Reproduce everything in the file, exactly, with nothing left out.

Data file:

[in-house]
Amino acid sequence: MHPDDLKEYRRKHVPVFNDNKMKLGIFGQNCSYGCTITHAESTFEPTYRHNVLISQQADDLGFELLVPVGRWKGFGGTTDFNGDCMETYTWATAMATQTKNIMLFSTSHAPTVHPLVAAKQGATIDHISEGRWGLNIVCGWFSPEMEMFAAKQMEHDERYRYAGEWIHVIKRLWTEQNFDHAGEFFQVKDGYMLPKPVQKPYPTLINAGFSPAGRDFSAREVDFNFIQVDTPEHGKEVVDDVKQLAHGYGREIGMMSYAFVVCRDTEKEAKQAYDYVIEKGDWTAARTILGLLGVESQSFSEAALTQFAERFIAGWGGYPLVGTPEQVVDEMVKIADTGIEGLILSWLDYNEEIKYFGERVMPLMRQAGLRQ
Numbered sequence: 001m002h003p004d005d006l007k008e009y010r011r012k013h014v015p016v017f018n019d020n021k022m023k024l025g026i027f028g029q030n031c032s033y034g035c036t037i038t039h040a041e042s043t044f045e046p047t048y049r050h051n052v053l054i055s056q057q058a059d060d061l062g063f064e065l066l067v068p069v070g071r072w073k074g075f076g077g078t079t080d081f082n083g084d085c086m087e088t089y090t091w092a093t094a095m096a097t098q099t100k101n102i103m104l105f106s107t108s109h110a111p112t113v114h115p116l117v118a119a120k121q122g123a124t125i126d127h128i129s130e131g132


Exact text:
[in-house]
Amino acid sequence: MHPDDLKEYRRKHVPVFNDNKMKLGIFGQNCSYGCTITHAESTFEPTYRHNVLISQQADDLGFELLVPVGRWKGFGGTTDFNGDCMETYTWATAMATQTKNIMLFSTSHAPTVHPLVAAKQGATIDHISEGRWGLNIVCGWFSPEMEMFAAKQMEHDERYRYAGEWIHVIKRLWTEQNFDHAGEFFQVKDGYMLPKPVQKPYPTLINAGFSPAGRDFSAREVDFNFIQVDTPEHGKEVVDDVKQLAHGYGREIGMMSYAFVVCRDTEKEAKQAYDYVIEKGDWTAARTILGLLGVESQSFSEAALTQFAERFIAGWGGYPLVGTPEQVVDEMVKIADTGIEGLILSWLDYNEEIKYFGERVMPLMRQAGLRQ
Numbered sequence: 001m002h003p004d005d006l007k008e009y010r011r012k013h014v015p016v017f018n019d020n021k022m023k024l025g026i027f028g029q030n031c032s033y034g035c036t037i038t039h040a041e042s043t044f045e046p047t048y049r050h051n052v053l054i055s056q057q058a059d060d061l062g063f064e065l066l067v068p069v070g071r072w073k074g075f076g077g078t079t080d081f082n083g084d085c086m087e088t089y090t091w092a093t094a095m096a097t098q099t100k101n102i103m104l105f106s107t108s109h110a111p112t113v114h115p116l117v118a119a120k121q122g123a124t125i126d127h128i129s130e131g132